... Contract with golf course manager makes a dollar-per-round increase of little value to city.
In the money for 2014.
A considered increase of $1 per round received little discussion among the Park Commissioners before it was voted down at their January 2014 meeting at the Mount Hood club house.
The considered increase, although modest in appearance, could have produced a nice revenue bump. Forty thousand rounds, give or take, are played at Mount Hood annually and an extra $1 per round would mean $40,000 in additional revenue.
The only change in green fees in the last five years had been a decrease in the yearly membership rates for junior golfers; down $20 for residents, down $30 for non residents.
But a question remained. If Mount Hood revenues exceed the costs of running it, why was it necessary for any increase at all? Golf revenues already exceed the costs of running the course by over $400,000 per year.
The city has already committed those $400,000-plus excess to pay for bonds to finance the new athletic fields and repairing the Big Dig dumping damage to the course. A problem comes when the $400,000 plus is not adequate to cover the bond payments.
Thr real crunch will come next year when the bond payments will be $492,000 according to a draft of the course budgetfor 2013.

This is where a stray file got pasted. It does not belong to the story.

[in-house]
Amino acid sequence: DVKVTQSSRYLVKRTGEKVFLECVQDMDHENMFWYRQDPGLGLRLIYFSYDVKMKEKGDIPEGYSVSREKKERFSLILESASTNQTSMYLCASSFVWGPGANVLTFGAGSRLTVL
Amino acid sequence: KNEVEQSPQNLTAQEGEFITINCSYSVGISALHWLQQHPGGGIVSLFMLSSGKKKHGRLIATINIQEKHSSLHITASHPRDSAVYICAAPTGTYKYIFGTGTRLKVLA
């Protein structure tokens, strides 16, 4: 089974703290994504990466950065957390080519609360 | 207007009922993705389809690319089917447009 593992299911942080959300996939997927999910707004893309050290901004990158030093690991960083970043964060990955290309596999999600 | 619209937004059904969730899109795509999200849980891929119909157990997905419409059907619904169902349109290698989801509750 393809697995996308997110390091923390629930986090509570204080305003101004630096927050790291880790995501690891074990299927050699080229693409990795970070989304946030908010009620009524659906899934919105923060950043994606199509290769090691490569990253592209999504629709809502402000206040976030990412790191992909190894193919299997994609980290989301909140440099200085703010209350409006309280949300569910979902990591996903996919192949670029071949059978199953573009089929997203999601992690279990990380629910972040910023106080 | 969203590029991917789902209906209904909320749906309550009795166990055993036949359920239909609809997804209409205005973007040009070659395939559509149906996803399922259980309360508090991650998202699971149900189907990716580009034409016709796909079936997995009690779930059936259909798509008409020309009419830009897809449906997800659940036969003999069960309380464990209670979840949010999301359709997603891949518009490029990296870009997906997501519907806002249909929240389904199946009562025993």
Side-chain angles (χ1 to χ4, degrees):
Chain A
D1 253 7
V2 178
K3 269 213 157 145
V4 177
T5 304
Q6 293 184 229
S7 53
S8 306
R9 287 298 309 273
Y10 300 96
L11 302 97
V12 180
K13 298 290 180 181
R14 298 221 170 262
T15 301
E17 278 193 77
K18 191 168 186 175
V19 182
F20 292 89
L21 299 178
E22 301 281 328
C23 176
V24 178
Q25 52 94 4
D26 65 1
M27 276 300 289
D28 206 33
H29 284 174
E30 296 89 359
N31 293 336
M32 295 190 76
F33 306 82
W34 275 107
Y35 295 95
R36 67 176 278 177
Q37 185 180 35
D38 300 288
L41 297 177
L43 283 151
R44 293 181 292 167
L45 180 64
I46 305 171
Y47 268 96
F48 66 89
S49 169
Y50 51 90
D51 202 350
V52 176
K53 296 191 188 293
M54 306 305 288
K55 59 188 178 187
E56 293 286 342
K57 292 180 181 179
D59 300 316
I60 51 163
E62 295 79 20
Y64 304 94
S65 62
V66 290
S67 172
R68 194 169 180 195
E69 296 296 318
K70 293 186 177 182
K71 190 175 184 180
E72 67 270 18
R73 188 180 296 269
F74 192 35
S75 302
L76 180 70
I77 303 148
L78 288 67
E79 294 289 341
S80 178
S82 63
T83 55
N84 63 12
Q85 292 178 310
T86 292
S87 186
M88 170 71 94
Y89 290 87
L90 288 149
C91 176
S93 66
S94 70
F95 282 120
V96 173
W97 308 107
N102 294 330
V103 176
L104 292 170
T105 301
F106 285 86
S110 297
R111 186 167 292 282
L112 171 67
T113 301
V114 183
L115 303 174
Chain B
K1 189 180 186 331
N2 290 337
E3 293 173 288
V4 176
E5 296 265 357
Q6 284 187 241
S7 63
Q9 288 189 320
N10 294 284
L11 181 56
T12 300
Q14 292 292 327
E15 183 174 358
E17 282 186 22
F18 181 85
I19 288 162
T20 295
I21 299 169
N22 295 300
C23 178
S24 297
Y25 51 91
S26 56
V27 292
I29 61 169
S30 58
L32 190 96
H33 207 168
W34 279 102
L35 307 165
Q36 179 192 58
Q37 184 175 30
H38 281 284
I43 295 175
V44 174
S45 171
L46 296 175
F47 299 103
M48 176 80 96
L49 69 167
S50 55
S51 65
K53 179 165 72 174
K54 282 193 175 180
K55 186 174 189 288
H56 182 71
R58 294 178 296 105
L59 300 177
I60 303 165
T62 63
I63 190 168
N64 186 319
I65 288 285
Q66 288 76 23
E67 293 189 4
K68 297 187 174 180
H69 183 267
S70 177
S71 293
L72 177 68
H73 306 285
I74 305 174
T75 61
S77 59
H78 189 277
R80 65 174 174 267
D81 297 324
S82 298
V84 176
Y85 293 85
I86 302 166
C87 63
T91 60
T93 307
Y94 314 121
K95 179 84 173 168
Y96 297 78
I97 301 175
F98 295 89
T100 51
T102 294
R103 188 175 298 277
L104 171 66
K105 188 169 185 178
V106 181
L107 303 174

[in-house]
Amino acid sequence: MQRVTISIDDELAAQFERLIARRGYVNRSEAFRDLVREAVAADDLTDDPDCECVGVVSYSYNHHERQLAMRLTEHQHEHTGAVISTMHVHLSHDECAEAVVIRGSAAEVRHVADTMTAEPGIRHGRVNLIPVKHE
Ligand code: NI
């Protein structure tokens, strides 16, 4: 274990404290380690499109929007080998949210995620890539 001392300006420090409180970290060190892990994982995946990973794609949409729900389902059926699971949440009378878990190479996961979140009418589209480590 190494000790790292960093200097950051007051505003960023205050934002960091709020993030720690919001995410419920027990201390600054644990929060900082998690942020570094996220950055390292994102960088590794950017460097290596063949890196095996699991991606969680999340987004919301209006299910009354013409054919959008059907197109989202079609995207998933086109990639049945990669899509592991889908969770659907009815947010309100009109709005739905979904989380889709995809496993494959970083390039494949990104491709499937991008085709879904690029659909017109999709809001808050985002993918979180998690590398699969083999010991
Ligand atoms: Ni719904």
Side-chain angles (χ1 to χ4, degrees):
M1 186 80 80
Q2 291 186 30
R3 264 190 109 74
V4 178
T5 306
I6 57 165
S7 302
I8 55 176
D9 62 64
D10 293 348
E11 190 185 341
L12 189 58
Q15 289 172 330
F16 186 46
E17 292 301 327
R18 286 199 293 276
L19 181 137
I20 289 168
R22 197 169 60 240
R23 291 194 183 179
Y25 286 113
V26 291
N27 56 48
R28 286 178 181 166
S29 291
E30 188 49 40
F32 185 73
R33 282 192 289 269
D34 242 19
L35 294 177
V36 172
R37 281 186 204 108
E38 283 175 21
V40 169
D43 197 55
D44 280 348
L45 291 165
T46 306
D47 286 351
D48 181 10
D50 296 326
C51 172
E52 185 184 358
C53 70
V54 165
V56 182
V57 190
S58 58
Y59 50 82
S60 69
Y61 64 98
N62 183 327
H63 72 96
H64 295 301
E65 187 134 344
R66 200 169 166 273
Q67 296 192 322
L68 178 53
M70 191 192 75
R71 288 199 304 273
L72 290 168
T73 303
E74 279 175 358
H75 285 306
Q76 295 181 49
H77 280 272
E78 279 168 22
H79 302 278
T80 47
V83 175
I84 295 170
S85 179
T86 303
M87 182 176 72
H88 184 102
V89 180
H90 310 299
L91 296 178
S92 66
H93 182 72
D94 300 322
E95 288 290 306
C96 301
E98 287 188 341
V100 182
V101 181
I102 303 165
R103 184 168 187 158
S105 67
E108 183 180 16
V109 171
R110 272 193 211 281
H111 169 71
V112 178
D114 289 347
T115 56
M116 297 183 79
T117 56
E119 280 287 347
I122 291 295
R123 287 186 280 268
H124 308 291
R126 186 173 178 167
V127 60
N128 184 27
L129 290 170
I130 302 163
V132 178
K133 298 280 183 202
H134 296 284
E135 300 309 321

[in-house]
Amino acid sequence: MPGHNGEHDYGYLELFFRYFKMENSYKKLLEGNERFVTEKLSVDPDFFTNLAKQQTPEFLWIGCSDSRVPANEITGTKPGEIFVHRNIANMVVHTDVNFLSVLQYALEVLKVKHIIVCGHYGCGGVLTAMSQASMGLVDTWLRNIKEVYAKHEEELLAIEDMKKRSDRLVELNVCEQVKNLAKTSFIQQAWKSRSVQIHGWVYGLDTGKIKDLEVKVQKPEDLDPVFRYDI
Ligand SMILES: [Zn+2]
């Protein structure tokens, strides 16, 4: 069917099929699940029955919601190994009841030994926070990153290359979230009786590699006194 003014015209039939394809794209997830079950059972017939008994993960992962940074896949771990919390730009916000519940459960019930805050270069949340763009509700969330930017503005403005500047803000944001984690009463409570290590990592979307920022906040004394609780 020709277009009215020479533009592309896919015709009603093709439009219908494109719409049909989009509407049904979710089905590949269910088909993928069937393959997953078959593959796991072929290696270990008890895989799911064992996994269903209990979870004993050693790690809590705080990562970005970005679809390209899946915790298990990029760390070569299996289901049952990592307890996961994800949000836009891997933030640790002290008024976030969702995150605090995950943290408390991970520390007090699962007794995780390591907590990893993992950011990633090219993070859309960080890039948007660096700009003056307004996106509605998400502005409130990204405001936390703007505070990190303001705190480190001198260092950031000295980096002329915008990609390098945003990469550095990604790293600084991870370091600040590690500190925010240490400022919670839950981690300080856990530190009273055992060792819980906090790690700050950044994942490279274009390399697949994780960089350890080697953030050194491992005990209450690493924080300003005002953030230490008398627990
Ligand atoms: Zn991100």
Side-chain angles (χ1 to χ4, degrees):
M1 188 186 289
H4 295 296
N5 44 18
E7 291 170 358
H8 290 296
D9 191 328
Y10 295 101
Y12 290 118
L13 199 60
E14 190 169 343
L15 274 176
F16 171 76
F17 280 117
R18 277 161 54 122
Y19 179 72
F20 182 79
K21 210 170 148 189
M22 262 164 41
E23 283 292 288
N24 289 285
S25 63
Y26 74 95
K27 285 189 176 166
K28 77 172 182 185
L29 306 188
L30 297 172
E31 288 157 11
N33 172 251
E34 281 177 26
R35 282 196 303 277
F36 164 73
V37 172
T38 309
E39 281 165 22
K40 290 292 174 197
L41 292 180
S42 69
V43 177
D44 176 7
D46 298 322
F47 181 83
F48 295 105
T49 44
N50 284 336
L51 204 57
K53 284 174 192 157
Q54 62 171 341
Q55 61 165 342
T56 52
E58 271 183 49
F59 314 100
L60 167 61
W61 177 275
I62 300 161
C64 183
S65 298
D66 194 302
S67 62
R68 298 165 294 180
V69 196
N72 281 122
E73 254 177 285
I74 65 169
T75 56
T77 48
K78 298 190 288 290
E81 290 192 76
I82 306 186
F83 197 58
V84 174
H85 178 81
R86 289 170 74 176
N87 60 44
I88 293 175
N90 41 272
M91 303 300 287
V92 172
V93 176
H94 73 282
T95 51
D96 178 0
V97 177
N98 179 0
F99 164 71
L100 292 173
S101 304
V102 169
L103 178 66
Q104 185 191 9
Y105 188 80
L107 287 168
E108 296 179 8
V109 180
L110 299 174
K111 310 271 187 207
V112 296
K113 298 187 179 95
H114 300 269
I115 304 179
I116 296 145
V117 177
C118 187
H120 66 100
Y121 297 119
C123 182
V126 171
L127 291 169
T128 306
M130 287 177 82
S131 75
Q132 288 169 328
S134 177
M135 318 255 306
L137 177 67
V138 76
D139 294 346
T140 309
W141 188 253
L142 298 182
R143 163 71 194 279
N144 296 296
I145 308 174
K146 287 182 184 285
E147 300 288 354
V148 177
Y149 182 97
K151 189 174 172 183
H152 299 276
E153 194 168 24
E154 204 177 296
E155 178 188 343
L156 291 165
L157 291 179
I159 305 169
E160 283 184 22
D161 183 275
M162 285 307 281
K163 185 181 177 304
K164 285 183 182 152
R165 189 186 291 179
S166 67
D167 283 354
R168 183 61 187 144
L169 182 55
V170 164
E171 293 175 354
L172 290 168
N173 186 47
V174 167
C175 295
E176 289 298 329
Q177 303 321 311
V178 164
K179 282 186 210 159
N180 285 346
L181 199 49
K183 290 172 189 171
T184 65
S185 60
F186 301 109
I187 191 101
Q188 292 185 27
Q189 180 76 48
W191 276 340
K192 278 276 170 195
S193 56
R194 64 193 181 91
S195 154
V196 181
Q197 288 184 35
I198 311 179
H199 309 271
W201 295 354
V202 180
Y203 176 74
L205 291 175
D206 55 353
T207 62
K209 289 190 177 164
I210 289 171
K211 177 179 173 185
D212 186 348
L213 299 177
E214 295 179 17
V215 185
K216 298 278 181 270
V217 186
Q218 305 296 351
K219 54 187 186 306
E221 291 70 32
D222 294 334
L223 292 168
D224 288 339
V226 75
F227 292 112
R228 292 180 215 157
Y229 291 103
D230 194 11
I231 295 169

Why a price increase?
Whether that was the reason for the proposed $1 increase is not certain. But why else would the city be looking for the increase?
Terrible weather delayed the course opening in March of this year. A long string of rainy days followed in July. The result was a decrease of $100,000 in golf revenues from the previous year.
Additional pain was caused by the new contract the city signed with the golf course manager. The contract calls for a share of revenues over $1.2 million. The contract is effective through 2017. There is a change from the old contract that was effective through 2012. The new contract reduces the city's share of revenue over $1.2 from 35% to 25%.
Going into 2014 the city is faced with two things. Not only were 2013 golf revenues down but its share of the revenues were down. The revenue will bounce back but the city's share of it wont. The problem is that the city committed to the bond costs in 2010 when its share of the amount over $1.2 was 35%. Now, and for the next four yearsthe share will be 25%. The city has less money to pay for its bond obligations because of the new contract.
The news gets worse.
Thereís another consequence of the golf contract. This one would involve any attempt to increase golf course revenues by increasing the greens fees to the players. Leaving out, for the moment, that any increase quite likely violates the conditions of the Enterprise Fund under which Mount Hood operates.
A modest increase of $1 per round would produce an additional revenue of $40,000. (40,000 rounds x $1 per round.) History says the course's yearly revenue will exceed $1.2 million. This means that a $40,000 increase would be added to the amount that's already over $1.2 million and the new contract says the citygets only 25% of the $40,000 increase.